We attended a good amount of festivals over the summer, but one that I was really looking forward to was the chicken and beer festival (chimac). The Daegu Chimac Festival is still relatively new — only a couple years old — but is probably one of the most popular festivals here in Daegu.
“Chimac” (also known as chi-mc or chimaek) is a Konglish word that combines the English word “chicken” with the Korean word for beer (maekju). As someone who loves word play, code-mixing, and pidgins you would think that I would have clued into the definition of “chimac” a long time ago. There was a restaurant near our house in VA called “Chi-MC” and for the longest time we either thought it was “Chi M. C.” or “Chi-mack” as in McDonalds, as in reference to fast food style chicken. DUH. All this time I had been stuffing Korean chicken down my piehole and I had no clue.
There are several famous food streets or alleys in Deagu including Dakdongjip (chicken gizzard) Alley. As the popularity of fried chicken gizzards grew, so did fried chicken. Fried chicken dishes are a type of anju, or Korean food that is served with alcohol. Koreans are pretty big on their food-alcohol pairings: seafood and soju, makgeolli and traditional Korean comfort food, and fried chicken with beer.
We drove to Duryu Park right around the time the festival opened, found street parking, and walked to the tent-filled stadium. Most of the bigger fried chicken chain restaurants had booths here.In addition to chicken, some tents sold chicken-themed souvenirs while others were crowded with people watching drill-team style dance troops. There were a lot of tents where you could spin a wheel to win a prize which seems to be a big thing in Korea. People stood in line forever for a chance to spin a wheel of fortune or grab a ping pong ball from an air chute just so that they could claim a crummy prize. At least from what we saw they were pretty lame prizes, but then I guess we’ll never know as we we too hungry to stand in a line that had nothing to do with food.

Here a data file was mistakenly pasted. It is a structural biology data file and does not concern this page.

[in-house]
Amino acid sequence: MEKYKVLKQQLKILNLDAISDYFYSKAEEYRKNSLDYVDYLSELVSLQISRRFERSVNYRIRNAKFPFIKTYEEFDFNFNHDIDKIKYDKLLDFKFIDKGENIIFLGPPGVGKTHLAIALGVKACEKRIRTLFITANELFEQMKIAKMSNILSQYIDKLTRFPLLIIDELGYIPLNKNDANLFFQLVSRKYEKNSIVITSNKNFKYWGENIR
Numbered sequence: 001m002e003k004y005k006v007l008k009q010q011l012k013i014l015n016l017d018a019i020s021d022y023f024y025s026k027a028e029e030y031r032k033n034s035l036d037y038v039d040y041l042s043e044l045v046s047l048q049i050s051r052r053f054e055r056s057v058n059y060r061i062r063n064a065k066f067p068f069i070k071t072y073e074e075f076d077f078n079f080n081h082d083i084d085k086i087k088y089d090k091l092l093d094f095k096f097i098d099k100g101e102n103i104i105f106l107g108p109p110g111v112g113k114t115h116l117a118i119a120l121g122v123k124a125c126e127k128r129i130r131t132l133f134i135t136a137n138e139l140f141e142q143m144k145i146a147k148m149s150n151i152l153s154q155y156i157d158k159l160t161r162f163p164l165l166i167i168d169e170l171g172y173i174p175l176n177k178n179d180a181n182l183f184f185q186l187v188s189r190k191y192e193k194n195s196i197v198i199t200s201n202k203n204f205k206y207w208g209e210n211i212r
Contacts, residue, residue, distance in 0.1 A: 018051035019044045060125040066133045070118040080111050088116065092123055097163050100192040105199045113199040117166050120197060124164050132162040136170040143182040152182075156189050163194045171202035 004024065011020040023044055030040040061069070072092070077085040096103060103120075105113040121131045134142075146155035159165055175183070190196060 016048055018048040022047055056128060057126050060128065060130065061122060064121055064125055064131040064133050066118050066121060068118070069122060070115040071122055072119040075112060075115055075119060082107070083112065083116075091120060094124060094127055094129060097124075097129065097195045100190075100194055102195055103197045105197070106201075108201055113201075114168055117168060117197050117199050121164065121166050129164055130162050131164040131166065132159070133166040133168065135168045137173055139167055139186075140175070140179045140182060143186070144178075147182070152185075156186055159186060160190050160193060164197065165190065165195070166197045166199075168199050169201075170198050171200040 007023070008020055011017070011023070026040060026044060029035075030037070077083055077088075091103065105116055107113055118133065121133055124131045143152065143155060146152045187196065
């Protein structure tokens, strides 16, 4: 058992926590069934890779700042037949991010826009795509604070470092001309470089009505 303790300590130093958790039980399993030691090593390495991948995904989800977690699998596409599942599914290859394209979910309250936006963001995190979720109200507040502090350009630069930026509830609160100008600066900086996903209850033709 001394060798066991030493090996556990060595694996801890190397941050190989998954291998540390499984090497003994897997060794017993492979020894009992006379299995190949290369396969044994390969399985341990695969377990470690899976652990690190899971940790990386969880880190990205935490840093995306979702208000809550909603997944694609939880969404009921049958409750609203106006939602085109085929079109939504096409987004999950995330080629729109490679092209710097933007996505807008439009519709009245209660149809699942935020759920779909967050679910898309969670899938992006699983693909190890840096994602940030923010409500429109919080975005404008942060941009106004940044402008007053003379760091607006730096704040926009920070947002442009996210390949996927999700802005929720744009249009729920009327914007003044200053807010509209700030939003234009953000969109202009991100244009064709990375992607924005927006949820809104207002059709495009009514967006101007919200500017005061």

The more recognizable chicken restaurant chains like Kyochon, Mom’s Touch, and Bon Chon were located in the stadium, but since we already knew what chicken from those restaurants tasted like, we circled the stadium until we found a small chicken tent with a restaurant name we did not recognize.We were first in line to place our order. The moment we did people swarmed around us and hastily formed a line to order chicken. I don’t know if it is just coincidence, but every time we go to a festival and get something to eat, usually at a food stand that doesn’t have a line, a lot of Koreans walking by will stop, stare at what we are eating, and then get in line behind us. Maybe we look as if we are really enjoying our food? It has happened enough times that we have joked we should start a business where restaurants pay us to eat at their restaurant in a very visible place to drum up business.
Also, this little doggie was hiding under the chicken sauce table, hoping for a scrap or two.
Once we received our chicken platter (approx $6) we found a seat in the grassy stadium and sat down to eat and listen to some music on the main stage.
This chicken was prepared a little bit differently than other Korean fried chicken we have tried. The chicken was fried whole, shredded by hand, topped with a freshly made sauce of our choosing, and served with a side of coleslaw salad and sweet pickled radishes. I convinced Sly to opt for the original sauce since Korean spicy can get a bit extreme for my taste buds. After eating it I’m pretty sure we could have probably gone for the extra spicy, but I was still happy with our choice.
To complete our meal: two ice cold cans of Cass. Nothing fancy, kind of like a Korean Bud Light.After we finished eating we debated if we should get seconds or if we should sit a while and listen to the hip hop bands (it was hip hop night) playing on the main stage. I seemed to remember that there were more festival areas outside of the stadium so we set off to explore.
Outside of the stadium we found even more vendors, though these were more mom and pop style street vendors instead of the chain restaurants found inside the stadium.
We also found a second, smaller stage, this time with hip hop dance performances, as well as a small alley selling craft beers.